Political Realities Leave Iran’s Kurds Divided, Weak and Ineffective

Political Realities Leave Iran’s Kurds Divided, Weak and Ineffective
Fighters from the Kurdish Democratic Party of Iran (KDPI), Feb. 7, 2015 (Flickr photo by kurdishstruggle licensed under the Attribution 2.0 Generic license).

Iran’s Revolutionary Guards Corps and Kurdish rebels from the Kurdish Democratic Party of Iran clashed late last month along Iran’s mountainous border with Iraq. In an email interview, Denise Natali, a distinguished research fellow at the Institute for National Strategic Studies, National Defense University, discusses the relationship between the Iranian government and Iran’s Kurdish minority.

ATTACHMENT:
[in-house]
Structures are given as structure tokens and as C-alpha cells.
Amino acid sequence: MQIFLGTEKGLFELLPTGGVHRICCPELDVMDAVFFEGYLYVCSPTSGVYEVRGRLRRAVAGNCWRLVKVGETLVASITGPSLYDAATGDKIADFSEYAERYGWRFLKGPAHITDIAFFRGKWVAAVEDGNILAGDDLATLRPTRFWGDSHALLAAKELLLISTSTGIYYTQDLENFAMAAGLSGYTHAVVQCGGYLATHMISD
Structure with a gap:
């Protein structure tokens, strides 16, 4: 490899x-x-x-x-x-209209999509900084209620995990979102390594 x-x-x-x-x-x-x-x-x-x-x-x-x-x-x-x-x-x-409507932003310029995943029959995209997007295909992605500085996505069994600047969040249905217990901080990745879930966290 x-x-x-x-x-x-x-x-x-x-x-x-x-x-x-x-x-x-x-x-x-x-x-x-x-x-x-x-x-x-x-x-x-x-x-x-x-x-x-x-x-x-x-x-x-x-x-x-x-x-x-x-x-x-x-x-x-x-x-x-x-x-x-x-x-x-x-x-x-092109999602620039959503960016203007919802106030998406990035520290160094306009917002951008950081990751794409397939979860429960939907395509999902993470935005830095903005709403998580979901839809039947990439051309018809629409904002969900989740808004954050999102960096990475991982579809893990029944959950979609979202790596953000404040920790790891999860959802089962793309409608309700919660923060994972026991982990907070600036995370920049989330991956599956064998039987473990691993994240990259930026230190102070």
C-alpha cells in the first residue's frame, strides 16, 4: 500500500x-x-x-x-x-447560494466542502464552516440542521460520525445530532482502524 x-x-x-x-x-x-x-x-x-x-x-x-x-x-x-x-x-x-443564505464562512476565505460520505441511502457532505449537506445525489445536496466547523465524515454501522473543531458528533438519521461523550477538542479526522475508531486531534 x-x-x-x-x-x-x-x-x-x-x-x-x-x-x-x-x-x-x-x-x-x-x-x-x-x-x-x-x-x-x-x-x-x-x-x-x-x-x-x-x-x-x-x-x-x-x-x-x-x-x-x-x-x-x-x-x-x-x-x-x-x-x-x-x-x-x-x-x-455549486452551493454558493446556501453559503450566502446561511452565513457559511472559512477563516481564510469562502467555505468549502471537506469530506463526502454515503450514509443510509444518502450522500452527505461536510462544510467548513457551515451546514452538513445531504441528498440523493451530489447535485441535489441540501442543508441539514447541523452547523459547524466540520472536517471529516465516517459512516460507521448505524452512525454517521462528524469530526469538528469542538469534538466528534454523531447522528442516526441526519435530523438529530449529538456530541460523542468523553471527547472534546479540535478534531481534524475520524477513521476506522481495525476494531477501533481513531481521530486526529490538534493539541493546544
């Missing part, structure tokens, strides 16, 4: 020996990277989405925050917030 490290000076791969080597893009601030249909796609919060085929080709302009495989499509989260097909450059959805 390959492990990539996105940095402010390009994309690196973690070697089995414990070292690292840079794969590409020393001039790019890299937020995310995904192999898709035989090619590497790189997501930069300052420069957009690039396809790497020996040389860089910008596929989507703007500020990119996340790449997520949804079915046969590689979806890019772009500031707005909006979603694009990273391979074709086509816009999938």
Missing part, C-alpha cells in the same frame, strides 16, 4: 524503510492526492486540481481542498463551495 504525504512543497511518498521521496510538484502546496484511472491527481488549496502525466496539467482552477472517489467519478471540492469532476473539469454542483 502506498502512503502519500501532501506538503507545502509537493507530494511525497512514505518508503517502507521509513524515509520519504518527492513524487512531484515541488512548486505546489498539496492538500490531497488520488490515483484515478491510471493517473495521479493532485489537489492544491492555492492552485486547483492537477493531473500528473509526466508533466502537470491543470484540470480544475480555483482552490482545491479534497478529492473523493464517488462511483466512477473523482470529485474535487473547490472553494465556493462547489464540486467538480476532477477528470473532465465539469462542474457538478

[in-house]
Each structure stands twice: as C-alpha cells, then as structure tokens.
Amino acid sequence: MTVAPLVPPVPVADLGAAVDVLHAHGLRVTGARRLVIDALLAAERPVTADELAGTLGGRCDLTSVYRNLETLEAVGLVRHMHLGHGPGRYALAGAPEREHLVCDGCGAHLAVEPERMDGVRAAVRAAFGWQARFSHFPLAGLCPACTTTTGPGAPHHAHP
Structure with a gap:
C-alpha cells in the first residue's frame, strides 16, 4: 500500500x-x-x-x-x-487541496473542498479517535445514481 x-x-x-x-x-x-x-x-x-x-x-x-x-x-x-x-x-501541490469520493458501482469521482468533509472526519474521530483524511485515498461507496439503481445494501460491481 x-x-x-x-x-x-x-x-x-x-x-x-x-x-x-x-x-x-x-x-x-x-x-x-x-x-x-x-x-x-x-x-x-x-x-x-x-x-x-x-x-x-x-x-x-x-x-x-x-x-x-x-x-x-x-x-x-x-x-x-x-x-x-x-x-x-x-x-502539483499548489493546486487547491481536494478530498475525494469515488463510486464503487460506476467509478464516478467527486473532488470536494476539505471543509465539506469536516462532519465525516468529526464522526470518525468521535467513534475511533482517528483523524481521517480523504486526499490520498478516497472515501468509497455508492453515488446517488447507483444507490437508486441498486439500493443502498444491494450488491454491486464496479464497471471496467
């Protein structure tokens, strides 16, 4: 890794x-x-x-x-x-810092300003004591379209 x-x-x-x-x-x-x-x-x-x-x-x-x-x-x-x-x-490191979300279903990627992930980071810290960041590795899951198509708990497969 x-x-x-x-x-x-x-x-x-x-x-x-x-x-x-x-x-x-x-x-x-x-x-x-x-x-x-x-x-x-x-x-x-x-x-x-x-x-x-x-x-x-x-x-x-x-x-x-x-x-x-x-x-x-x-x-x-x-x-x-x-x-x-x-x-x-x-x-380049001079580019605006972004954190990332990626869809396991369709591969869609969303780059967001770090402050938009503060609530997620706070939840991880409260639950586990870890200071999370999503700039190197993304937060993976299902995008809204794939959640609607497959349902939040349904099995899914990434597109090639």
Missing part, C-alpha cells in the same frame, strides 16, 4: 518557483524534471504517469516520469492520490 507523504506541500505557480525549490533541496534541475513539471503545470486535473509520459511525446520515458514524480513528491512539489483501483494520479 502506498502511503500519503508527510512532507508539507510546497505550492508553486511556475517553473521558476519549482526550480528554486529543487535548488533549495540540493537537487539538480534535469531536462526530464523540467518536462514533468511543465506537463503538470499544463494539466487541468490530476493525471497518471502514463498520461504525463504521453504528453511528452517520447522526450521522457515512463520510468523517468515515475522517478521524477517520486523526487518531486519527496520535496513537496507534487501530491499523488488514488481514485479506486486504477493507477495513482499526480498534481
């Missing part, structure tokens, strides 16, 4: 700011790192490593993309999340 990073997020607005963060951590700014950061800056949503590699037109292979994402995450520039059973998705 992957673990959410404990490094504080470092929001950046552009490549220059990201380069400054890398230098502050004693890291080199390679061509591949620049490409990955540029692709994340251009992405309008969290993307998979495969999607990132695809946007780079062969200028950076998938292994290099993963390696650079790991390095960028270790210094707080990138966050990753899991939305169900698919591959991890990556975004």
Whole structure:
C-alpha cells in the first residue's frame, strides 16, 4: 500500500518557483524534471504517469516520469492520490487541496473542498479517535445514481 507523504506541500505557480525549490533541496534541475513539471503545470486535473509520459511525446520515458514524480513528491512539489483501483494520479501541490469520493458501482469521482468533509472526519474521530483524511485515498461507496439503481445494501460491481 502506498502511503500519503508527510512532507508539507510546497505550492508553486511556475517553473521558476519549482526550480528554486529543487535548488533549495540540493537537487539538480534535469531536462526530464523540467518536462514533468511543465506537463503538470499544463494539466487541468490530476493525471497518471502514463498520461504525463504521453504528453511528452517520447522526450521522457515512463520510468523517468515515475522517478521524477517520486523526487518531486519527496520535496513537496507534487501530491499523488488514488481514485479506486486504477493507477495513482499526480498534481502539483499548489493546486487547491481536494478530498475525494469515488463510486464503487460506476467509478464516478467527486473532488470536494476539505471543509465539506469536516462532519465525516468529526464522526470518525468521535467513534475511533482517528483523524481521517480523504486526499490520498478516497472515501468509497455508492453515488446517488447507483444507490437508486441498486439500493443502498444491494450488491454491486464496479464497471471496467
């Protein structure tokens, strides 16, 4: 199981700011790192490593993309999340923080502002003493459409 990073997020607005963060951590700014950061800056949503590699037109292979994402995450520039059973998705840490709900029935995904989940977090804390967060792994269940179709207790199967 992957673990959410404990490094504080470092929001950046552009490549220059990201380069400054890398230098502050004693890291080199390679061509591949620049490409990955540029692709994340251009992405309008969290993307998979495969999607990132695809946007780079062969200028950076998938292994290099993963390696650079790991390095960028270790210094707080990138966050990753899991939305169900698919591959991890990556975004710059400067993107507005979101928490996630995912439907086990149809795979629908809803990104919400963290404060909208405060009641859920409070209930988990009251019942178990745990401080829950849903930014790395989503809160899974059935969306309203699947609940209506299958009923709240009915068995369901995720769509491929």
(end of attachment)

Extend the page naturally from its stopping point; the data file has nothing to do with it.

WPR: How large is Iran’s Kurdish population, and how integrated are they into Iranian society?

Denise Natali: Kurds are estimated to represent about 8 to 10 percent of the Iranian population, or about 6 million to 8 million people. They are not a monolithic community; approximately half are Sunni Muslims and the other half are Shiite, with small heterodox Muslim communities as well, such as the Ahl al-Haq. Distinctions also exist between rural and urban groups, leftist and conservative political factions, tribes, socio-economic classes and dialect groups across regions. Iranian Kurds mainly inhabit the northwestern provinces of Kermanshah, Kurdistan, West Azerbaijan and, to a lesser extent, Ilam province, although they are also located in Tehran and the northeastern provinces of Mazanderan and Khorasan.

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